With air traffic set to grow annually in the Middle East by 7.7 percent, the provision of state-of-the-art air traffic control at both local and regional levels is vital to maintain safety and improve on-time dispatch figures. This is particularly important in regions of heavy traffic, such as Dubai. As one of the world’s foremost air traffic management system experts—the company claims that one in four flights worldwide benefits from its systems—Saab is implementing key elements of the Dubai region’s air traffic system.
Earlier this year the company won contracts to provide multilateration networks at both Dubai International (DXB) and Dubai World Central (DWC), covering both surface and wide-area airspace monitoring.
Multilateration works by a small ground unit transmitting to an aircraft’s transponder, which then returns a signal. By using time-of-arrival information from three or more separate ground units the aircraft’s position can be plotted to within seven meters.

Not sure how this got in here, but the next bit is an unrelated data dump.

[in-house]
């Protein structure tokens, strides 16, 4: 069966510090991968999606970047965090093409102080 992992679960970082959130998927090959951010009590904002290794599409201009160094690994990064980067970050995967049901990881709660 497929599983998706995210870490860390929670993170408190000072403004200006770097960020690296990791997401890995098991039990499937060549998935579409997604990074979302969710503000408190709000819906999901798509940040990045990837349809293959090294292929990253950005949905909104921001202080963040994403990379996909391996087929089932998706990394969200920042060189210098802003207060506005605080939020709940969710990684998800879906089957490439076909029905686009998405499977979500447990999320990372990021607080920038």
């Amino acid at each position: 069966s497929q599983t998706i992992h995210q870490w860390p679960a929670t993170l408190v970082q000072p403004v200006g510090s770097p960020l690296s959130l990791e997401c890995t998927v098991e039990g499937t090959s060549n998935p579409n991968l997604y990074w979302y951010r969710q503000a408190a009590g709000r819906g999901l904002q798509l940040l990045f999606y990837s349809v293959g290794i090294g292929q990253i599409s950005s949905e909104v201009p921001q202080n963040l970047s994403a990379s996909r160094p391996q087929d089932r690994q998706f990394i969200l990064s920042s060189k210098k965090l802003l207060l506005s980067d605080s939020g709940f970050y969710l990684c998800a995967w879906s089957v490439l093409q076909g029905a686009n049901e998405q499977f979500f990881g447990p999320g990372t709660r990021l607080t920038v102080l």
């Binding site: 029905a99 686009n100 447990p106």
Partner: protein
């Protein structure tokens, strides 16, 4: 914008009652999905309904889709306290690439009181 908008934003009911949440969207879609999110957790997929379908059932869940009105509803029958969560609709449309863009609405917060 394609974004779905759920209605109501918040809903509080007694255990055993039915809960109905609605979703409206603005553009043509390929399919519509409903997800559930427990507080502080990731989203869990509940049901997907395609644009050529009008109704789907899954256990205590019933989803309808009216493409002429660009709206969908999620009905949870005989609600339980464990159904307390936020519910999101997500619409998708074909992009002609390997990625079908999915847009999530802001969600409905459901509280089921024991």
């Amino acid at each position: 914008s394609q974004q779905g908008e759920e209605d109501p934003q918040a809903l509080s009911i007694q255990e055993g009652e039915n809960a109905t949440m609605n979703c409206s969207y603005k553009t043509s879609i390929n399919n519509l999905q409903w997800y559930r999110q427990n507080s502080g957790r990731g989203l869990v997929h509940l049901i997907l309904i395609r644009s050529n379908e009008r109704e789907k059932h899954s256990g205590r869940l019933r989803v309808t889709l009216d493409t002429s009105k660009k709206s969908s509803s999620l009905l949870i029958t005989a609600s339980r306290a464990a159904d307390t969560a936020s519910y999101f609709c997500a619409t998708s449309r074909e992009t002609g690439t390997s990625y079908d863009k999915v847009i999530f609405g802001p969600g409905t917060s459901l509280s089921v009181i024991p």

In the wide-area application the systems at DXB and DWC can draw on information from the same ground unit network, representing the world’s first example of a dual-site installation.
Both airports are also receiving a surface multilateration system. This works in a similar fashion to plot aircraft movements on the ground. Airside vehicles can also carry transponders so that their movements can be integrated with those of aircraft. Typically a runway area employs 18 to 20 ground units to provide full coverage, whereby three units must have line-of-sight to ground vehicles with one redundant unit always available to cater for failure.
The benefits of using multilateration over radar are a quicker refresh rate—every second rather than every five or so for a typical radar—and the ability to place the ground units wherever they are required. The ease with which they can be placed or relocated elegantly accounts for the ever-changing building landscape of the modern airport. However, only the vehicles and aircraft that carry transponders can be tracked, meaning that surface radars are still required to detect and track non-cooperative targets such as animals, people or errant vehicles in crucial areas such as on and around the runways.